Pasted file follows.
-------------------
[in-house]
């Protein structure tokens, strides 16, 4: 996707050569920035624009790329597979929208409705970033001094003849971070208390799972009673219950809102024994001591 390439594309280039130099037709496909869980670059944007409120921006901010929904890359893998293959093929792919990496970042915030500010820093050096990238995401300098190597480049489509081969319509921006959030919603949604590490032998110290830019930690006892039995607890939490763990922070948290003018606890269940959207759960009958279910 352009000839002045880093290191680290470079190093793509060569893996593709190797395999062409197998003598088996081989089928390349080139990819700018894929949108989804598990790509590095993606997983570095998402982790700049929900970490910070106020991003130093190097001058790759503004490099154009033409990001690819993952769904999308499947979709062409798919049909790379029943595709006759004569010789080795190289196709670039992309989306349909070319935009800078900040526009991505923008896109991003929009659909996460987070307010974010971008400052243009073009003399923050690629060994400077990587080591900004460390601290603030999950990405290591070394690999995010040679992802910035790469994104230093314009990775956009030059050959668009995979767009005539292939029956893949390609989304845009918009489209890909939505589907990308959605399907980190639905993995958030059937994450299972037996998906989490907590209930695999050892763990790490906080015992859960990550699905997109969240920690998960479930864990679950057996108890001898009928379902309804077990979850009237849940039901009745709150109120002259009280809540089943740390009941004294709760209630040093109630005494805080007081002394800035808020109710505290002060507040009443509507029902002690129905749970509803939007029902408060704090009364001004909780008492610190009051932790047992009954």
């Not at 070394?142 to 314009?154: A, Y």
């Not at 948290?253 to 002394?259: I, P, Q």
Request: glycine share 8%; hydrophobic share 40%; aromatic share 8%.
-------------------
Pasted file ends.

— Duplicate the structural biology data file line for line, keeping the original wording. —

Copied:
[in-house]
């Protein structure tokens, strides 16, 4: 996707050569920035624009790329597979929208409705970033001094003849971070208390799972009673219950809102024994001591 390439594309280039130099037709496909869980670059944007409120921006901010929904890359893998293959093929792919990496970042915030500010820093050096990238995401300098190597480049489509081969319509921006959030919603949604590490032998110290830019930690006892039995607890939490763990922070948290003018606890269940959207759960009958279910 352009000839002045880093290191680290470079190093793509060569893996593709190797395999062409197998003598088996081989089928390349080139990819700018894929949108989804598990790509590095993606997983570095998402982790700049929900970490910070106020991003130093190097001058790759503004490099154009033409990001690819993952769904999308499947979709062409798919049909790379029943595709006759004569010789080795190289196709670039992309989306349909070319935009800078900040526009991505923008896109991003929009659909996460987070307010974010971008400052243009073009003399923050690629060994400077990587080591900004460390601290603030999950990405290591070394690999995010040679992802910035790469994104230093314009990775956009030059050959668009995979767009005539292939029956893949390609989304845009918009489209890909939505589907990308959605399907980190639905993995958030059937994450299972037996998906989490907590209930695999050892763990790490906080015992859960990550699905997109969240920690998960479930864990679950057996108890001898009928379902309804077990979850009237849940039901009745709150109120002259009280809540089943740390009941004294709760209630040093109630005494805080007081002394800035808020109710505290002060507040009443509507029902002690129905749970509803939007029902408060704090009364001004909780008492610190009051932790047992009954």
């Not at 070394?142 to 314009?154: A, Y």
């Not at 948290?253 to 002394?259: I, P, Q």
Request: glycine share 8%; hydrophobic share 40%; aromatic share 8%.